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 Table of Contents  
REVIEW ARTICLE
Year : 2022  |  Volume : 17  |  Issue : 3  |  Page : 751-756

Doppler profiles of renal and hepatic hemodynamics in patients with cirrhosis of the liver


Department of Radio-Diagnosis, Jawaharlal Nehru Medical College, DattaMeghe Institute of Medical Sciences, Wardha, Maharashtra, India

Date of Submission15-Sep-2022
Date of Decision18-Sep-2022
Date of Acceptance20-Sep-2022
Date of Web Publication2-Nov-2022

Correspondence Address:
Dr. Shivesh Pandey
Department of Radio-diagnosis, Jawaharlal Nehru Medical College, DattaMeghe Institute of Medical Sciences, Wardha, Maharashtra
India
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Source of Support: None, Conflict of Interest: None


DOI: 10.4103/jdmimsu.jdmimsu_411_22

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  Abstract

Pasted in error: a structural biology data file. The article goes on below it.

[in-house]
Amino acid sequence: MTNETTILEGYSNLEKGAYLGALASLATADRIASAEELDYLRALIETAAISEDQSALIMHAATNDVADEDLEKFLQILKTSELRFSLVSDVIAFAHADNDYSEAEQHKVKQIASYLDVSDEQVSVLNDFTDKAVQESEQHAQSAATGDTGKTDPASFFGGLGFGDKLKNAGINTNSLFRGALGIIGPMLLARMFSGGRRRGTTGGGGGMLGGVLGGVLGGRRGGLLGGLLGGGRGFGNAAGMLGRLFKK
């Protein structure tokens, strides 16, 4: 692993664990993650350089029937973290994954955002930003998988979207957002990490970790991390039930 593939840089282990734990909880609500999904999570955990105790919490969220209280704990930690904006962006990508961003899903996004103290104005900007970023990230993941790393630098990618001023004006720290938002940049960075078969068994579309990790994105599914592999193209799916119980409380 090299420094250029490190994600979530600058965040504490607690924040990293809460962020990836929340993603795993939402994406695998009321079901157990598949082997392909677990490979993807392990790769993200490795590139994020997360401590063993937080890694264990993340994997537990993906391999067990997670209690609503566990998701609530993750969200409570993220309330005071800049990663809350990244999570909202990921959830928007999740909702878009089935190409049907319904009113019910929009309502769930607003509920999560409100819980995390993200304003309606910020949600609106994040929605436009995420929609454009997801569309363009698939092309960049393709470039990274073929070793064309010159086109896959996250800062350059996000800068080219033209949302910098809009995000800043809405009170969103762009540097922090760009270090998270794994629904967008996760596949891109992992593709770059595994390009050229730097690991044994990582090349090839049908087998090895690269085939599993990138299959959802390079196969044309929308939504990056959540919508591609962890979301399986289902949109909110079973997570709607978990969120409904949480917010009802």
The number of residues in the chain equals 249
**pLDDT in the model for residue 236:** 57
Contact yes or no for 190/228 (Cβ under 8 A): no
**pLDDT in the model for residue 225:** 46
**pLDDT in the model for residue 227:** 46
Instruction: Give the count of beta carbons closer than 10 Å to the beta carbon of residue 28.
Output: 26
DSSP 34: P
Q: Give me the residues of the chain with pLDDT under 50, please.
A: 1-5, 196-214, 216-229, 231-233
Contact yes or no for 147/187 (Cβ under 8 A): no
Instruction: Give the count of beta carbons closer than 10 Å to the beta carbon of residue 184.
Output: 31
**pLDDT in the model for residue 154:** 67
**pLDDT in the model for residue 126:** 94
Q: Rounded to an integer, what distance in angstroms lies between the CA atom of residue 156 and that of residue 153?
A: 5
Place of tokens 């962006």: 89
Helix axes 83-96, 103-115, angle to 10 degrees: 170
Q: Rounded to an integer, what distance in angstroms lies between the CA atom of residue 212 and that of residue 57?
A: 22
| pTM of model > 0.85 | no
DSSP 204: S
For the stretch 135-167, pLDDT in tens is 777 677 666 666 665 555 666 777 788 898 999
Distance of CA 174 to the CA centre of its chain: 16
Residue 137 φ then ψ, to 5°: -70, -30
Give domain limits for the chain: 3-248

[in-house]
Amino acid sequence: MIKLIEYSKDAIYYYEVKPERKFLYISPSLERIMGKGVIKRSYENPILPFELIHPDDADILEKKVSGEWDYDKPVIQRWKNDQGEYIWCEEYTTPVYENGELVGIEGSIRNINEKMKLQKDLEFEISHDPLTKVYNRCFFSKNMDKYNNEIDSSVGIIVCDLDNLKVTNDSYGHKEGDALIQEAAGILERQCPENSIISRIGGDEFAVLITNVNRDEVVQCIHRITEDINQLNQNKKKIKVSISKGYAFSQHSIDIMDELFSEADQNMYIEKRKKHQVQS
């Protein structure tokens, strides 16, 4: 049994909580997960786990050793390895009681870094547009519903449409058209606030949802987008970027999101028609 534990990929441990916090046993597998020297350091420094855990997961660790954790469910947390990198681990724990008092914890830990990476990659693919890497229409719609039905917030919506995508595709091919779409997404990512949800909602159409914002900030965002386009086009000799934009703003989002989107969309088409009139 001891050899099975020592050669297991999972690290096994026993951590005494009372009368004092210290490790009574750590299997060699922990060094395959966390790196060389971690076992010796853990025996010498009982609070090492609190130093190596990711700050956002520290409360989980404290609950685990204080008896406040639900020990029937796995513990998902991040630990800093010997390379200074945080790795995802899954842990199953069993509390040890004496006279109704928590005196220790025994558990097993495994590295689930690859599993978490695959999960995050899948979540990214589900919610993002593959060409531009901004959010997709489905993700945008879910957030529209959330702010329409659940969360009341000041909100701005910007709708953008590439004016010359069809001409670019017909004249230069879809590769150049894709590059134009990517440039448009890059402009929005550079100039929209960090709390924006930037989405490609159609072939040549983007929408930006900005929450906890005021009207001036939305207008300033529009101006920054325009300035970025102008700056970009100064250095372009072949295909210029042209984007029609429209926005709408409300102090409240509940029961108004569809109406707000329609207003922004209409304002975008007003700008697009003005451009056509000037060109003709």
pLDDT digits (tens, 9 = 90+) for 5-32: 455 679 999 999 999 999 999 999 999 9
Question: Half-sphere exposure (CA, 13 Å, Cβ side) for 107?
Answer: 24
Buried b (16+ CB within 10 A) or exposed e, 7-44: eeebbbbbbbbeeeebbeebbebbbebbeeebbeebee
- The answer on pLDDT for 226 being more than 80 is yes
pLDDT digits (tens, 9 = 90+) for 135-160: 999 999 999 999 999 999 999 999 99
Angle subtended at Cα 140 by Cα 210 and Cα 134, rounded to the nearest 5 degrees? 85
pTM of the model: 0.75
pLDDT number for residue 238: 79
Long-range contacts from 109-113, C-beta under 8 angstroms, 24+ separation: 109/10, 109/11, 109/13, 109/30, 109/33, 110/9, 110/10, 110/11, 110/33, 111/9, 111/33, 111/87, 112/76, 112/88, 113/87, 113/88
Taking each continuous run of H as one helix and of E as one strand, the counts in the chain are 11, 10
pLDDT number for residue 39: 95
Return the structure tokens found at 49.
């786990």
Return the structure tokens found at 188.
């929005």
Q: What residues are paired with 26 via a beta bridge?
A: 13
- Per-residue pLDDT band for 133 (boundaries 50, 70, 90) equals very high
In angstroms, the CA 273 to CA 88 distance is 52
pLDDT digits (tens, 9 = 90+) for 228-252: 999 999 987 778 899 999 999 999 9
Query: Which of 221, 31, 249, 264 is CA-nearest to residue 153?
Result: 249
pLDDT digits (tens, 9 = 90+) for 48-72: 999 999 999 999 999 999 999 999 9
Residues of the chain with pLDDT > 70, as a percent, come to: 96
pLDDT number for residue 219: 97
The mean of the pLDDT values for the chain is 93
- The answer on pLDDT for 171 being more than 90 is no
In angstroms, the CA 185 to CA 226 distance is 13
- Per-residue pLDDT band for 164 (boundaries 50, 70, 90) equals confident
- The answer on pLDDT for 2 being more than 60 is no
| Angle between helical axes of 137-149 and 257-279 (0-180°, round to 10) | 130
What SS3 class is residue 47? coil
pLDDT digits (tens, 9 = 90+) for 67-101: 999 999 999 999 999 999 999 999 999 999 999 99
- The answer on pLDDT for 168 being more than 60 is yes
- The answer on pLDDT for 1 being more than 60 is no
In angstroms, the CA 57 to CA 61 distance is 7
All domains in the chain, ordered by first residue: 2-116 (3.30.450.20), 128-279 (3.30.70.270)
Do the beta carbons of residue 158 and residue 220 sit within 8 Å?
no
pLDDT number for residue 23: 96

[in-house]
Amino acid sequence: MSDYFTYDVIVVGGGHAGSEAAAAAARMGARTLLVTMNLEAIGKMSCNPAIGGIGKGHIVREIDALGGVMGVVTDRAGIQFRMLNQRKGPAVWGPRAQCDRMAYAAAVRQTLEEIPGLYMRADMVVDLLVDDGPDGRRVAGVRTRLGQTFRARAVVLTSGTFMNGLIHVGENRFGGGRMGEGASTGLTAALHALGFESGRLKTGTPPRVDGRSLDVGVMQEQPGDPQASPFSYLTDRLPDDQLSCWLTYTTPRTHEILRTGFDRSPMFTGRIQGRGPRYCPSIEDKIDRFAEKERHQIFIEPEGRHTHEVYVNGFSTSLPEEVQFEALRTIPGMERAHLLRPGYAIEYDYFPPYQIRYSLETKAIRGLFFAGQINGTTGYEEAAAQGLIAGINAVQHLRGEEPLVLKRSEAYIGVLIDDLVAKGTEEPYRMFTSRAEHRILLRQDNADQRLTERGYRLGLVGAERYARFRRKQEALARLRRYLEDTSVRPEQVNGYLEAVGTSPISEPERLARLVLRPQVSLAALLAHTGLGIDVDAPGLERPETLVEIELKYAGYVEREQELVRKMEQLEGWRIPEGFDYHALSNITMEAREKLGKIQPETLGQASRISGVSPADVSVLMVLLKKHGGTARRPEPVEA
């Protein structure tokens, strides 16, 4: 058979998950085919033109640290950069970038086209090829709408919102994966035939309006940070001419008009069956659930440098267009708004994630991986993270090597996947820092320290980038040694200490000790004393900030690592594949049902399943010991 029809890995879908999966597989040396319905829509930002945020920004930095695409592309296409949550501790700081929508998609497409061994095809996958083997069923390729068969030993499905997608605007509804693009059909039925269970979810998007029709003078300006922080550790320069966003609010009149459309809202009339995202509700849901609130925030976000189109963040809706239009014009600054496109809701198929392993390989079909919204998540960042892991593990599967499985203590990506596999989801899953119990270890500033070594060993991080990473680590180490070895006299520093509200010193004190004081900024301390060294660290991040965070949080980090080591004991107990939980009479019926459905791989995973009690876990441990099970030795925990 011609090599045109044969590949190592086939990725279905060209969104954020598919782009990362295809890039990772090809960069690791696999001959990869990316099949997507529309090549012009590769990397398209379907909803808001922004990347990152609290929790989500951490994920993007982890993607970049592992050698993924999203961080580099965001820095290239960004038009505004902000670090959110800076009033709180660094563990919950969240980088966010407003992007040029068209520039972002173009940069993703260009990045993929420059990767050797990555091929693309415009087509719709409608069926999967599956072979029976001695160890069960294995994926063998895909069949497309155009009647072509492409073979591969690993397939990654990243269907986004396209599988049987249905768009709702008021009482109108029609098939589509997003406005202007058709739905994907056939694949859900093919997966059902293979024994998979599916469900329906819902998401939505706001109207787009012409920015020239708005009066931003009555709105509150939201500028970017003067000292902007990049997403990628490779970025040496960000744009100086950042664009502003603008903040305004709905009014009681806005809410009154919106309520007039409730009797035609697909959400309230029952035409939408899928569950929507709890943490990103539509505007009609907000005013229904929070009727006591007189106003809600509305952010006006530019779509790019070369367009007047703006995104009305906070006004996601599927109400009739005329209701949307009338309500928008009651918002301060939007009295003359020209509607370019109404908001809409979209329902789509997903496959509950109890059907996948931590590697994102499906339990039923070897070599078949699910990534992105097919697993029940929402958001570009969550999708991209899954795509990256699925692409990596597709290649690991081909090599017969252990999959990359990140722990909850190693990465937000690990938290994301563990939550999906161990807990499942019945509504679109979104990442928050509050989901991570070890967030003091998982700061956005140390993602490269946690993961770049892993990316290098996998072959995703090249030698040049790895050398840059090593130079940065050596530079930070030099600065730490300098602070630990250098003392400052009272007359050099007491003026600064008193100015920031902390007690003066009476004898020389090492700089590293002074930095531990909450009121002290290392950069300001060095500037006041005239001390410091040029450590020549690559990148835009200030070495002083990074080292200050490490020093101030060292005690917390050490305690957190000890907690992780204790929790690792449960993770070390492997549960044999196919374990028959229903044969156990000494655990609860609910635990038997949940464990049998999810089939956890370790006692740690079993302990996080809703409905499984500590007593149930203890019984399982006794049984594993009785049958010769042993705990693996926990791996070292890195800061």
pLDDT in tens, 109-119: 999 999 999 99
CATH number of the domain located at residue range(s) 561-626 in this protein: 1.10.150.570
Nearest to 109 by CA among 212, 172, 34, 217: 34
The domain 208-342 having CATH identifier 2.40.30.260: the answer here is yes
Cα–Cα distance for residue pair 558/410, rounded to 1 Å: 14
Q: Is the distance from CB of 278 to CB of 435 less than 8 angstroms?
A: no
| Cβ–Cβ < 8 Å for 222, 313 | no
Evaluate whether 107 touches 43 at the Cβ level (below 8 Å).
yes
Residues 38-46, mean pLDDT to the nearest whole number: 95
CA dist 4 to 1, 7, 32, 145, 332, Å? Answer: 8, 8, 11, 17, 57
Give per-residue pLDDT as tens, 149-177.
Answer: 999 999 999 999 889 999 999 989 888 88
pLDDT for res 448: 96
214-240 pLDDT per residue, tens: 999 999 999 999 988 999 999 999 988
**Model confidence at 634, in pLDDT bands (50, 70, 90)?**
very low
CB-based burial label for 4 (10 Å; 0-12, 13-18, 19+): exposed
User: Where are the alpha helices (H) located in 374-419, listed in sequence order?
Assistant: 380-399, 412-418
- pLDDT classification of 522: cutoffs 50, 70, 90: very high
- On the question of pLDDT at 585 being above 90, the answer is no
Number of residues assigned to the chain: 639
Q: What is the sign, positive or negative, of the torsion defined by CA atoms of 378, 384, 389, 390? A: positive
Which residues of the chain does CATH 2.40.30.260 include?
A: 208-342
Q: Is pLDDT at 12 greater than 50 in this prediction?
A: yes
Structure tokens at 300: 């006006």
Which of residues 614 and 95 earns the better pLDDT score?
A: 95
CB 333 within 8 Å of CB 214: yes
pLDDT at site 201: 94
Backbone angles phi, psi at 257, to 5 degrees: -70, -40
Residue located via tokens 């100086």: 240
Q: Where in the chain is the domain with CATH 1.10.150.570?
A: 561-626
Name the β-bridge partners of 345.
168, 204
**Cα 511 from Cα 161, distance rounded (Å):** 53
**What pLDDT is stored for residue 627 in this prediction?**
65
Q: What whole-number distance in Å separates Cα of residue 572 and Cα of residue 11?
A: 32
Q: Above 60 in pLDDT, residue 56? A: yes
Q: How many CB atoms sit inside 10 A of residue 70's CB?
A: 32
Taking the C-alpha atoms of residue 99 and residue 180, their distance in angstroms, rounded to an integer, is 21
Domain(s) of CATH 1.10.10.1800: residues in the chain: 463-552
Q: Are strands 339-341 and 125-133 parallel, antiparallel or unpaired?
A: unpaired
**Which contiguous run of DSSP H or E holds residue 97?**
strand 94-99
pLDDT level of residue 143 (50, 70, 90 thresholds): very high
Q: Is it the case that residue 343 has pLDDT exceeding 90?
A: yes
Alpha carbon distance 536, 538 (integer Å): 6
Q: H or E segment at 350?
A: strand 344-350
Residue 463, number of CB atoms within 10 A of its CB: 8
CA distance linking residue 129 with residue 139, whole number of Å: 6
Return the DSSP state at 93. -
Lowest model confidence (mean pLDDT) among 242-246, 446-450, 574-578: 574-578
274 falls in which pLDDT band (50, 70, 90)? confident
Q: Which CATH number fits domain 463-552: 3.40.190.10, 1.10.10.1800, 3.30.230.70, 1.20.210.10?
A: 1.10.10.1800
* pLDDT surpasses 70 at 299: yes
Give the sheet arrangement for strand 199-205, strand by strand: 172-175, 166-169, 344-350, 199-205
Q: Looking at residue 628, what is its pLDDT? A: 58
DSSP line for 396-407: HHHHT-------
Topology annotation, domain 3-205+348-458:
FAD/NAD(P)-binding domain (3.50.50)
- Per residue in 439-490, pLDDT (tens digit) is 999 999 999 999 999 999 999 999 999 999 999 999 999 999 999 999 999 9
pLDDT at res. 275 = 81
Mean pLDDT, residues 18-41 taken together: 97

One in five individuals with cirrhosis of the liver may experience renal impairment, a frequent consequence that is linked to increased mortality and morbidity. Even before changes in serum creatinine concentration can be detected, renal hemodynamic alterations start to occur early in the course of functional kidney failure caused by liver disease. Studying the Doppler profiles of renal and hepatic hemodynamics in people with liver cirrhosis is the goal of this review article. People with liver cirrhosis, even before clinical signs of renal impairment appear. Doppler is a quick, reliable, and noninvasive technique that makes it possible to identify renal hemodynamic changes in individuals with liver cirrhosis even before they become clinically obvious.